The urge to incorporate natural products like sesame oil into your skin-care routine is, well, natural. After all, compounds like oxybenzone, a product used in synthetic sunscreens, may cause environmental damage, according to a 2010 presentation at the National Meeting of the American Chemical Society. Yet for preventing and minimizing wrinkles, moisturizers and sunscreens are crucial. Sesame oil may provide at least a partial solution to this dilemma, but talk to your dermatologist before going the all-botanical route.
Wrinkles, a natural part of aging, form in part because of the loss of the skin's natural moisture, which causes cells shrink, resulting in lines in your face. Additionally, lack of moisture makes skin more fragile. Sun damage may also add additional lines to your face, notes MayoClinic.com. Depriving your skin of sun protection and moisturizer will likely lead to additional and deeper lines, the medical website points out.
Manufacturers extract sesame oil from the seeds of the sesame plant, Sesamum indicum, which grows about 3 feet tall. Farmers cultivate the plant in several global regions, with Mexico and Guatemala leading the sales of white seeds and Thailand and China providing the majority of the black seeds. Sesame oil's applications include use as cooking ingredient, as a coating for medications and as an ingredient in skin care lines. Because of its popularity as a salad and sauté oil, sesame oil is readily available in supermarkets, but retailers focused on skin care and massage oils also provide sesame oil. Look for refined sesame oil rather than the roasted type that is sometimes used to flavor Chinese dishes.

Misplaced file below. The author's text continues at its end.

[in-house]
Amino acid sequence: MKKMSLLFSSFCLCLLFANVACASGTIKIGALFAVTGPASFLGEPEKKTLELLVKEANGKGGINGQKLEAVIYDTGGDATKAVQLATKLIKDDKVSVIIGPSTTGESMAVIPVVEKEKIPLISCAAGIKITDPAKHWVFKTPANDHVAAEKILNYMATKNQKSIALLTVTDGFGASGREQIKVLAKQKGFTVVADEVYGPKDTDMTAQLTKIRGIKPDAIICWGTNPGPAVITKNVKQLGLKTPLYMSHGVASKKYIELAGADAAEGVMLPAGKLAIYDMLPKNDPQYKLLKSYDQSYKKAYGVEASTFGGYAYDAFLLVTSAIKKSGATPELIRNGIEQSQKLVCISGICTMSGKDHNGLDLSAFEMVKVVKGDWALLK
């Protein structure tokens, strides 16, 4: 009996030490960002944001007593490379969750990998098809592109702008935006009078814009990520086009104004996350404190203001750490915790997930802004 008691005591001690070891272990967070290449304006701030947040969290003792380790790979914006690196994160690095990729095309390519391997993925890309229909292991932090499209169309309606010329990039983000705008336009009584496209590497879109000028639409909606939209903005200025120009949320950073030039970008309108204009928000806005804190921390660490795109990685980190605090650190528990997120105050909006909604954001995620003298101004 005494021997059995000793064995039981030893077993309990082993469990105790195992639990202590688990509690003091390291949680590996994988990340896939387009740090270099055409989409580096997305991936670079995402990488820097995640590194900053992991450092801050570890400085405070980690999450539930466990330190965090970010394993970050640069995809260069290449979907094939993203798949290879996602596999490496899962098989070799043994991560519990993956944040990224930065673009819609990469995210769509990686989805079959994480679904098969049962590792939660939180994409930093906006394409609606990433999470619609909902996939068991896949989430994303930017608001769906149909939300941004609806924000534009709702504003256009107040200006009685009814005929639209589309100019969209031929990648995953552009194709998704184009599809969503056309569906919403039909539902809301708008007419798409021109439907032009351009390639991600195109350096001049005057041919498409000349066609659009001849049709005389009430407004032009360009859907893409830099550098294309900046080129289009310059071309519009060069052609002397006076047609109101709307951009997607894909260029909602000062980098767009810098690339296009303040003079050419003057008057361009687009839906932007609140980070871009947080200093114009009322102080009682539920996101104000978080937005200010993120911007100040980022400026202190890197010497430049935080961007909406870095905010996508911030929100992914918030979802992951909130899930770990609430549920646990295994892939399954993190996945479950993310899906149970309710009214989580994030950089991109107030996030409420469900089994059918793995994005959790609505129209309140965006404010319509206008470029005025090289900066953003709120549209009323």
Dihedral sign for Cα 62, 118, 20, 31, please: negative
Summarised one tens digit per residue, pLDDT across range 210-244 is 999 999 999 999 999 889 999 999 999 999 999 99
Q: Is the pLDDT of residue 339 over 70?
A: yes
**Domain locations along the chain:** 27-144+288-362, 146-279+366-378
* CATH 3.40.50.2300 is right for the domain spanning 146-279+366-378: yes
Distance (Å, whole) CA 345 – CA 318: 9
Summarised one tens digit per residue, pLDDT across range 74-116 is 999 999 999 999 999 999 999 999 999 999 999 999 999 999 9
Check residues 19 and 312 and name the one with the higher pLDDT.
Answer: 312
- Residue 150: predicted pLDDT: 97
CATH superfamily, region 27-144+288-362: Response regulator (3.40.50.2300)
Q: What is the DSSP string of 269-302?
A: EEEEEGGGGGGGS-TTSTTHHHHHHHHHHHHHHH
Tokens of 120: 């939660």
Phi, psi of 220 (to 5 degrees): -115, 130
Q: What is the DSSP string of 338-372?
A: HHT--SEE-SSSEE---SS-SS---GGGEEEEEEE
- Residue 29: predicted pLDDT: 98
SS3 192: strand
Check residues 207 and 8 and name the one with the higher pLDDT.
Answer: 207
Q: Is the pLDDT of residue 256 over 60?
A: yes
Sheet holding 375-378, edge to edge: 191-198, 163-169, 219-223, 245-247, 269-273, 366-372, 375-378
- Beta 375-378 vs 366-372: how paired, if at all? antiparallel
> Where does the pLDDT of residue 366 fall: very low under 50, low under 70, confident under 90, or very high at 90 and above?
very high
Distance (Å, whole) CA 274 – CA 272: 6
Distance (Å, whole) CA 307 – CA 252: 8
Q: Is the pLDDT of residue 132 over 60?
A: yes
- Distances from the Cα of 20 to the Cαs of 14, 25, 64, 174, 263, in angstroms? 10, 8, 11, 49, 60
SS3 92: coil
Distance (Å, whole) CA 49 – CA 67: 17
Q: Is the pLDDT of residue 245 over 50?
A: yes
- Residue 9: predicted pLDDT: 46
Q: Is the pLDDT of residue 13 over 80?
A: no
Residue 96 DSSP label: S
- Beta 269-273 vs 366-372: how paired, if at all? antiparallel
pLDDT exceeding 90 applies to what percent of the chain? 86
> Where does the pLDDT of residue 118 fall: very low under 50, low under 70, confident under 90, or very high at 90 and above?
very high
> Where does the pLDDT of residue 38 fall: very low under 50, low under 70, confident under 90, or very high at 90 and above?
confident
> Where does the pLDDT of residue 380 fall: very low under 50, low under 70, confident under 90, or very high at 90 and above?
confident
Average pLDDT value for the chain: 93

Sesame oil's high concentration of antioxidants, including vitamins A and E, as well as its richness in beneficial fatty acids, may help moisturize and nourish the mature skin, notes herbalist Dina Falconi. Given sesame oil's moisturizing, nourishing and natural sunscreen properties, you may find the oil a good choice for plumping up fine lines and preventing sun-related wrinkles.
Face Cream Formula
Natural beauty author Dina Falconi includes sesame oil in face cream formulas for dry, mature or damaged complexions, citing the oil's antioxidant and sunscreen properties. Falconi notes that sesame oil can be drying, and suggests combining it with more emollient oils for a balanced product. Her "sun butter face cream," for example, combines 3 oz. sesame oil with 3 oz. jojoba oil, 2 oz. shea butter, 1 oz. cocoa butter, ½ oz. beeswax and 9 oz. green tea. It also contains the optional addition of PABA, a B vitamin that provides protection from the sun's rays.
Sesame oil and other botanicals are not well studied for their efficacy as wrinkle treatments. Commercial face creams are federally regulated and indicate their exact SPF factors, which homemade formulas can't provide. The American Academy of Dermatology recommends sunscreens labeled "broad spectrum" and which carry an SPF rating of 30 or above. The AAD's other wrinkle treatment recommendations focus on commercial products which contain retinol, alpha hydroxyl acid or salicylic acid.
- Medical News Today: Giving Soybean Oil A New Role Health And Beauty
- Purdue University: Food, Industrial, Nutraceutical, and Pharmaceutical Uses of Sesame
- American Academy of Dermatology: AgingSkinNet: Wrinkles
- MayoClinic.com: Wrinkles
- "Earthly Bodies and Heavenly Hair"; Dina Falconi; 1998